Another thing niggles away. The NICE guidelines for diagnosis of autism which set out best practice, state that chromosomal tests should not be ordered as standard. At the time I didn’t know this so I was not worried, assuming it to be standard. It is not. It may simply be that this particular paediatrician likes to order the tests. Maybe an important diagnosis was missed once and she now errs on the side of caution. More likely, she saw something in Leo that alerted her to the need for further testing. His large head has been a concern for me since he was a baby. One Health Visitor laughed at me. Another took it seriously and said yes his head is large, but it has been that way since birth. SInce the womb even. All his measurements were average apart from his head which was not quite off the scale, but getting there. It is a lovely head of course, just large. I also remember that I got a call to say these chromosomal tests needed to be re-done die to a problem with the machines. At the time I was suspicious and kept questioning the doctor – it’s not because something could be wrong, it’s just because of the machines? She reassured me and I reassured myself and the tests were re-done. So on Friday, when the doctor repeated no, I do not think it is serious I am un-reassurable. I have decided that as long as it does not seriously affect his health or life expectancy then I will be absolutely fine. Anything else and I give myself persmission to fall apart to whatever degree I feel is appropriate.
Not everyone gets these tests, so who knows how many people would come up with some kind of abnormality. However, as an explanation for Leo’s lack of speech and eye contact, his meltdowns and sensory distress I preferred the vagueness of autism. To pin it all down to a faulty chromosome seems to limit him too much, in my mind anyway. That is probably my own problem as much as anything. He will be the same boy whatever the answer, yes yes yes I know. But I may have to make serious adjustments in my outlook. It also brings up the question of the future again, just when I was starting to do a good job of taking it a day at a time. It goes to the heart of being a parent. Your job is to care for them and then to support them as they go out into the world, gently letting go, until they are ready to live life when you are not around. If that is not possible for your child, the whole experience of being a parent changes completely, and I imagine you have to do some serious work to ensure that the childhood years are not tinged with sadness. I will do whatever I can to make sure of that, no matter what the results tell us.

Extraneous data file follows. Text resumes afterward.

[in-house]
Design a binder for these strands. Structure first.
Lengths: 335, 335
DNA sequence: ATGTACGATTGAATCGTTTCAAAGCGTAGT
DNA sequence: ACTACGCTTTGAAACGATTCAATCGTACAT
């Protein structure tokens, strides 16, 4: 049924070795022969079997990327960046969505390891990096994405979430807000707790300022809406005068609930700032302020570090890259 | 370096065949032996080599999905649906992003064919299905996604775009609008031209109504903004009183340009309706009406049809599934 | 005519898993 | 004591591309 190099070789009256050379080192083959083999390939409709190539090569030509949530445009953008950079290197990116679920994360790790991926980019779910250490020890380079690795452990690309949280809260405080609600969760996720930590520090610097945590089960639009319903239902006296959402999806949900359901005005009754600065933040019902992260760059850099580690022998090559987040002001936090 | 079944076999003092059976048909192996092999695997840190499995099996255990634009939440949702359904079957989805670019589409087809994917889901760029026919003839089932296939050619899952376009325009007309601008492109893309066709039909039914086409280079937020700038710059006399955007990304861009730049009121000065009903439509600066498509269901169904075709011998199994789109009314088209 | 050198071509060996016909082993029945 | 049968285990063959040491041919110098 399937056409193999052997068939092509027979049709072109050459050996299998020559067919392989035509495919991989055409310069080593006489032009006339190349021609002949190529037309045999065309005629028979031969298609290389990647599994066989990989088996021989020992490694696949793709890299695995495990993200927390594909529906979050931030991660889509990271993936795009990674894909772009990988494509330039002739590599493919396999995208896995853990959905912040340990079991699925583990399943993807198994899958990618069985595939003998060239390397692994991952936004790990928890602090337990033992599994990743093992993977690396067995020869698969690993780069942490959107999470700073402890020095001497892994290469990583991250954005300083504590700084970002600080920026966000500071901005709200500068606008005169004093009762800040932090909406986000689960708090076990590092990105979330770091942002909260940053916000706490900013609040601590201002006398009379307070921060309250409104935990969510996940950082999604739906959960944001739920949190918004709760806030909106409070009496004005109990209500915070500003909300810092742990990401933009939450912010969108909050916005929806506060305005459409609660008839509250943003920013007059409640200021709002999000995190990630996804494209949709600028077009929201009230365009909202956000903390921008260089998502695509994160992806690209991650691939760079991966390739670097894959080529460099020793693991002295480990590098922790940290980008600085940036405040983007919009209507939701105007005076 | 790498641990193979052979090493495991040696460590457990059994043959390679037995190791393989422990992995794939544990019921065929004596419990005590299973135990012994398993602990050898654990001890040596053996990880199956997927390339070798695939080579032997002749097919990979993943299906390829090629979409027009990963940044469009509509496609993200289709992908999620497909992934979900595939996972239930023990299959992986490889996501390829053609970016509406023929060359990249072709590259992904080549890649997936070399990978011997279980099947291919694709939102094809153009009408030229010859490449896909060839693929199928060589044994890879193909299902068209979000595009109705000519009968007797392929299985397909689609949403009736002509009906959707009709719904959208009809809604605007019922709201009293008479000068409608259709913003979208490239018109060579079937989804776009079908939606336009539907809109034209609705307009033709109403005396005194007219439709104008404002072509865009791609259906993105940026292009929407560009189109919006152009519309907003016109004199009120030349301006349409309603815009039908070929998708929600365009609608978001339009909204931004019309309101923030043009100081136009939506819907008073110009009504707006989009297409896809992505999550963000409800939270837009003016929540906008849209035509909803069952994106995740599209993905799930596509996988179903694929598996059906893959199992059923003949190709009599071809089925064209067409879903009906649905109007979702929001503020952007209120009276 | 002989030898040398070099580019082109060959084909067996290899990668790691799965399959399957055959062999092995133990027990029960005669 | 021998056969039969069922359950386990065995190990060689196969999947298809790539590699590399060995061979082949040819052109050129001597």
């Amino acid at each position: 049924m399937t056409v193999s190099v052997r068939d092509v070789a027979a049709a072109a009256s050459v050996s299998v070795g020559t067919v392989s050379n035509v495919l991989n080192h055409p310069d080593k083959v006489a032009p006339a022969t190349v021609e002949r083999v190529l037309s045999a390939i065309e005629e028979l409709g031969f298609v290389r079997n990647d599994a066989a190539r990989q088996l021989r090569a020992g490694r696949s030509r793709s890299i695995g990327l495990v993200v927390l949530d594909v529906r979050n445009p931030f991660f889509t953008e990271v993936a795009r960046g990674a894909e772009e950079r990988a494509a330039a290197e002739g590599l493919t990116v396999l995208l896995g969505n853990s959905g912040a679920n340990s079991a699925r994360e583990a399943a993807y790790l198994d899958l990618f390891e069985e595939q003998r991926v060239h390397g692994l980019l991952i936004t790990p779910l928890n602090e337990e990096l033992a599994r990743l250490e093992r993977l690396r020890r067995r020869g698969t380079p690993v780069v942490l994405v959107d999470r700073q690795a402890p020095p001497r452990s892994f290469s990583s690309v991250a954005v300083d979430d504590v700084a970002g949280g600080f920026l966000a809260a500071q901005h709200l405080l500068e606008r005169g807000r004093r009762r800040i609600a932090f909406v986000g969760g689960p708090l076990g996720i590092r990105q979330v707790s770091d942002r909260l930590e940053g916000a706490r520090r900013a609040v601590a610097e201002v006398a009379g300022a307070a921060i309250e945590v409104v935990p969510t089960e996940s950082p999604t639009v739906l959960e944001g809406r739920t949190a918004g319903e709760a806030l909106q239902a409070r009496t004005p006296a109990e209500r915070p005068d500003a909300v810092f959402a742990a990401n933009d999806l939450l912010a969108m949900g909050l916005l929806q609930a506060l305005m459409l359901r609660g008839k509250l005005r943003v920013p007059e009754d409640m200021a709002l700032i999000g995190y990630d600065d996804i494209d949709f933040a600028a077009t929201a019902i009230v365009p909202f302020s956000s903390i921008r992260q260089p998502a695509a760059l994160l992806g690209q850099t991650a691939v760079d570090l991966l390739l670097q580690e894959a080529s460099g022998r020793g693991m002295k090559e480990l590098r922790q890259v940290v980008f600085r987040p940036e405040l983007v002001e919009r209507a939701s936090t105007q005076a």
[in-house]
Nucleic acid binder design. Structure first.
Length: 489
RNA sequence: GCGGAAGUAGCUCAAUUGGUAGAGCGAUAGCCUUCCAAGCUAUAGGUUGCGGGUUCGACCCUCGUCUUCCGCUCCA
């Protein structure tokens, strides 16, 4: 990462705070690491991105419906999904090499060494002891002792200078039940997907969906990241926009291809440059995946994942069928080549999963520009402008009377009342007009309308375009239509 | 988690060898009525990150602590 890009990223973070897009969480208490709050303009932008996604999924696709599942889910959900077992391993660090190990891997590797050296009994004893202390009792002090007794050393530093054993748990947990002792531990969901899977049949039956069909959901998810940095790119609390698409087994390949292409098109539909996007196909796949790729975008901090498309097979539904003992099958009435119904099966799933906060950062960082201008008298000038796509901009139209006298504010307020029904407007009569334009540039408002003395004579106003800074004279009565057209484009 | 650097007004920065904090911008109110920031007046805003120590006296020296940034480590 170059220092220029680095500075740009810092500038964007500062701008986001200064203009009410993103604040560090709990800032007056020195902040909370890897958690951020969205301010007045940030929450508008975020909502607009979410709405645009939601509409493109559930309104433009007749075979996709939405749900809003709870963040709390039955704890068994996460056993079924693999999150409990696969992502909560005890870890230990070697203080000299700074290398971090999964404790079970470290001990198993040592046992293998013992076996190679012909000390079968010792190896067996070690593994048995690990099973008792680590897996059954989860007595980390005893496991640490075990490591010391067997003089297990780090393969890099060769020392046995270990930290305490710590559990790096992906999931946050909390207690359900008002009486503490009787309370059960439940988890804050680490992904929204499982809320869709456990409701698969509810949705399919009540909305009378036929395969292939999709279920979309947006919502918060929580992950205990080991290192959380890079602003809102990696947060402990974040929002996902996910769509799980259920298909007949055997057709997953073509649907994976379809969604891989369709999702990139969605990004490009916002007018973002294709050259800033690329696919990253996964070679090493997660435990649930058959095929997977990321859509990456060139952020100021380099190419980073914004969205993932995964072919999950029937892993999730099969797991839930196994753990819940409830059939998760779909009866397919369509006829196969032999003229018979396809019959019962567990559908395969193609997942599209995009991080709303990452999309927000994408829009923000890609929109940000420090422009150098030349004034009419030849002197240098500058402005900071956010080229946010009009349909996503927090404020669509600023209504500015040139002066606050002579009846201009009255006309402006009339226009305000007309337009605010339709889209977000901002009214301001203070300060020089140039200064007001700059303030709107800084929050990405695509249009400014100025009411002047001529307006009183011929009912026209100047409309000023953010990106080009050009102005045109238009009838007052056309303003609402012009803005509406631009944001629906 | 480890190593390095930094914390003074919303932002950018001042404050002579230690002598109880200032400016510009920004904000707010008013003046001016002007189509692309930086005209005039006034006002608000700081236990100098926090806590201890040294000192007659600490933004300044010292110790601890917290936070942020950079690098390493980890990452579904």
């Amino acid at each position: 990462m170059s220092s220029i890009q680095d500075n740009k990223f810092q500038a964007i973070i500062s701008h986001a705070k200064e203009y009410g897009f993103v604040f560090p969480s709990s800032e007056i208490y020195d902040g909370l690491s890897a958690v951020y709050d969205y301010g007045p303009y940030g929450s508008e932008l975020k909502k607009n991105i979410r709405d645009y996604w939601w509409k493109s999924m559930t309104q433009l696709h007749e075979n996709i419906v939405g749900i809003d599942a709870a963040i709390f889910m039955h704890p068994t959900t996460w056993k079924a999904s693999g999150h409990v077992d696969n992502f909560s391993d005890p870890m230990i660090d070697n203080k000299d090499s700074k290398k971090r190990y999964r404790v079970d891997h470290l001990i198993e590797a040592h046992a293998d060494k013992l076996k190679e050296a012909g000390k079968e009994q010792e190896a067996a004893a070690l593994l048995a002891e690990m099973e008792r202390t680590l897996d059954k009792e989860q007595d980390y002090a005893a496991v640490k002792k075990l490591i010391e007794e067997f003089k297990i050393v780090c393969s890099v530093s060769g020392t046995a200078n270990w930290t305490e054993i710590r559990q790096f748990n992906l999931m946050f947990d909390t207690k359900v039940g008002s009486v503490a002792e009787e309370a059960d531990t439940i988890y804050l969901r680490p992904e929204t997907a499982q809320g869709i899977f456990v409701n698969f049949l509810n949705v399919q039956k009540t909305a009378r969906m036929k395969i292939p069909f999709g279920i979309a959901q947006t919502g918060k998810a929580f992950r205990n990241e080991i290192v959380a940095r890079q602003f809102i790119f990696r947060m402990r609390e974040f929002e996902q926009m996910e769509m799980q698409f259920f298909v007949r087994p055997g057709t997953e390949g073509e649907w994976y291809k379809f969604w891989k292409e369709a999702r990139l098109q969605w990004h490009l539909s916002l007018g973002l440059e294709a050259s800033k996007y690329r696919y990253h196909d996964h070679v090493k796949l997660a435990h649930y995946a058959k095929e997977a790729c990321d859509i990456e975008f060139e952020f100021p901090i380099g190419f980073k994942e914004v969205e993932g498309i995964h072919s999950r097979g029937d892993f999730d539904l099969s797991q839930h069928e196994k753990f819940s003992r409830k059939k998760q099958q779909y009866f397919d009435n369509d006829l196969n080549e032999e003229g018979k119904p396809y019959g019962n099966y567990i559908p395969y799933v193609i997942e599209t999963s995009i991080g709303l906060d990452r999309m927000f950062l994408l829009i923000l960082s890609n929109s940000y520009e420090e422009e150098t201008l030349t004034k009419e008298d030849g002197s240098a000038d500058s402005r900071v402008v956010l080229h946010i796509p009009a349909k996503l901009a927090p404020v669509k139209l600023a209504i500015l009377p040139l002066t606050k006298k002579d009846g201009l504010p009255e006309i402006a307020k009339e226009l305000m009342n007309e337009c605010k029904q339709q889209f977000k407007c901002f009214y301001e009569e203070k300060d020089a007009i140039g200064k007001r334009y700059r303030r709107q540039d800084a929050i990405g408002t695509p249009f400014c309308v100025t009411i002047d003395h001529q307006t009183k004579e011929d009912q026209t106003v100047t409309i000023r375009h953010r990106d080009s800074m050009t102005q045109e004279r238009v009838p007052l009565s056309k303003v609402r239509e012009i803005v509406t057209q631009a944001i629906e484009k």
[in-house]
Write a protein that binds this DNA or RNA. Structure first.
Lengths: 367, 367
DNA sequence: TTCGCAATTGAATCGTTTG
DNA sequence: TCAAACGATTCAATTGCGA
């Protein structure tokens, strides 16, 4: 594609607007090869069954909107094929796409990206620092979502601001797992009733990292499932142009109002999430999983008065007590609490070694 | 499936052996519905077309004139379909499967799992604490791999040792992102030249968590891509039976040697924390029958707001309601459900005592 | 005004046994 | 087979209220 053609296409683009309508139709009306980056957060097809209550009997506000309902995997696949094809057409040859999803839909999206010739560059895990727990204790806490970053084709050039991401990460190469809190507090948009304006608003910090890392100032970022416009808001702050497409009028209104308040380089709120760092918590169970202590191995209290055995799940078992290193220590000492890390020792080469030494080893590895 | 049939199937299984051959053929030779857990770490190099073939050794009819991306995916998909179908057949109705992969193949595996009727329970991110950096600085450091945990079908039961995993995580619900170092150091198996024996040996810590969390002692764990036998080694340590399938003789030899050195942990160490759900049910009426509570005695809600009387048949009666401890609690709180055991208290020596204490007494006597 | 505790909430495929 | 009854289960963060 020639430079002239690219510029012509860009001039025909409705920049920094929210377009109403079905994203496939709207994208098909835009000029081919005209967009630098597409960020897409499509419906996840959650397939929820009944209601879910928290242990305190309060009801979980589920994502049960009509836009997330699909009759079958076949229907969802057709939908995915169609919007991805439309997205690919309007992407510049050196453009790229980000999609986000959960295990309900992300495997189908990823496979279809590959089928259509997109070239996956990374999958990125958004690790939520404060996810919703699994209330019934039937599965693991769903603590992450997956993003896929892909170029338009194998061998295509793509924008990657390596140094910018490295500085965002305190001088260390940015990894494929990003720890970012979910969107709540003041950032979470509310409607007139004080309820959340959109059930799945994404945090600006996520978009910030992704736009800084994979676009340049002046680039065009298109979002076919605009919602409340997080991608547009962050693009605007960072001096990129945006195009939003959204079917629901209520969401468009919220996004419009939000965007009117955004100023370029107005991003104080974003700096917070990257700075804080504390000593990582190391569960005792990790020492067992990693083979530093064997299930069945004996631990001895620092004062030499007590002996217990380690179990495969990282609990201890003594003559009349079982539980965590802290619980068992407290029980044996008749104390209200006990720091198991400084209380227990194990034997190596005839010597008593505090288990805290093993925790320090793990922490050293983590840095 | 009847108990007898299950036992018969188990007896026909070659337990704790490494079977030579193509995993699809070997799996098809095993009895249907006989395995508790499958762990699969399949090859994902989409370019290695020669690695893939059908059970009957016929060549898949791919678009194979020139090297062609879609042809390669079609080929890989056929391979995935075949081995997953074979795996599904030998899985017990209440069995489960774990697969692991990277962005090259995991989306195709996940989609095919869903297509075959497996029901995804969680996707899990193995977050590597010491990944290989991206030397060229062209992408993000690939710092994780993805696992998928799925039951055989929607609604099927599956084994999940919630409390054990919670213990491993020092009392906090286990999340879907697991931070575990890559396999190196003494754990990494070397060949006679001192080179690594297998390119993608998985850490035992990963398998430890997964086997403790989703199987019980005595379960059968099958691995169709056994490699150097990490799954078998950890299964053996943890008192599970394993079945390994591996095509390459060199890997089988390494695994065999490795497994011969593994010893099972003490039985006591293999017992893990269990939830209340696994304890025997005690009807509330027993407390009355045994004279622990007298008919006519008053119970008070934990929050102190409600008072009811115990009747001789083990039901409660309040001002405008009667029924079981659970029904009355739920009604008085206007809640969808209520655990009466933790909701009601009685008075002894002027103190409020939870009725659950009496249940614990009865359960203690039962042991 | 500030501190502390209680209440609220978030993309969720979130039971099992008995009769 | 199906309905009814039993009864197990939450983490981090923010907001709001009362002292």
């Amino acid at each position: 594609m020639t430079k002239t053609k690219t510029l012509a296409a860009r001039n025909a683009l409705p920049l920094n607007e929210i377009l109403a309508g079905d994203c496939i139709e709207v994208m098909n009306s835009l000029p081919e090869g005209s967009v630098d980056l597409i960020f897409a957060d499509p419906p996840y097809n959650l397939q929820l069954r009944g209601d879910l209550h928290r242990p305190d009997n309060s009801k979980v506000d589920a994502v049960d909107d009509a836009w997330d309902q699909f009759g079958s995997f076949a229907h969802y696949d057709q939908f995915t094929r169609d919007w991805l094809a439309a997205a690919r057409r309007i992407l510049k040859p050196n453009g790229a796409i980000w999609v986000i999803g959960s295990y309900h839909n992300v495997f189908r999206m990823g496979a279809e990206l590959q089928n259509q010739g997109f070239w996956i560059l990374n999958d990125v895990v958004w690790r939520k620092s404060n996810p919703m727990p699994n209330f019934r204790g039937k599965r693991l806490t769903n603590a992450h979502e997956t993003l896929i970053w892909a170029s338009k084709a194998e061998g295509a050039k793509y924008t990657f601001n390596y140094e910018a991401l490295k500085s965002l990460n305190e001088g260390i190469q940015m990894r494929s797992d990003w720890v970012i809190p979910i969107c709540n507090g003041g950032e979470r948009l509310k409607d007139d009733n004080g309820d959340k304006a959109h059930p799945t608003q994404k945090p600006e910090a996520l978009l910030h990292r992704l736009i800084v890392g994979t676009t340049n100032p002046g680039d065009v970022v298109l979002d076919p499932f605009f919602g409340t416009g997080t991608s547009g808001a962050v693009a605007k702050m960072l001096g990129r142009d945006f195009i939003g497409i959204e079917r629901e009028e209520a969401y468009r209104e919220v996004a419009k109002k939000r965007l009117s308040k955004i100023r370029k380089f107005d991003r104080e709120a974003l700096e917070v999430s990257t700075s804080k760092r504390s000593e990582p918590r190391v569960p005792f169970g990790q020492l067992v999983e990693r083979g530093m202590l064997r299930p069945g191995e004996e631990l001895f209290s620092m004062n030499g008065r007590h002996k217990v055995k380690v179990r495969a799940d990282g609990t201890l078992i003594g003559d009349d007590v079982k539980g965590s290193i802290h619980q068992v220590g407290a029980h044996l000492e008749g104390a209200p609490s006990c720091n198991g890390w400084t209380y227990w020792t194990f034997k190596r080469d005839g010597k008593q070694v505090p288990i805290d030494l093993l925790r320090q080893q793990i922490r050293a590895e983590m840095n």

Picture is of Leo sporting his large head.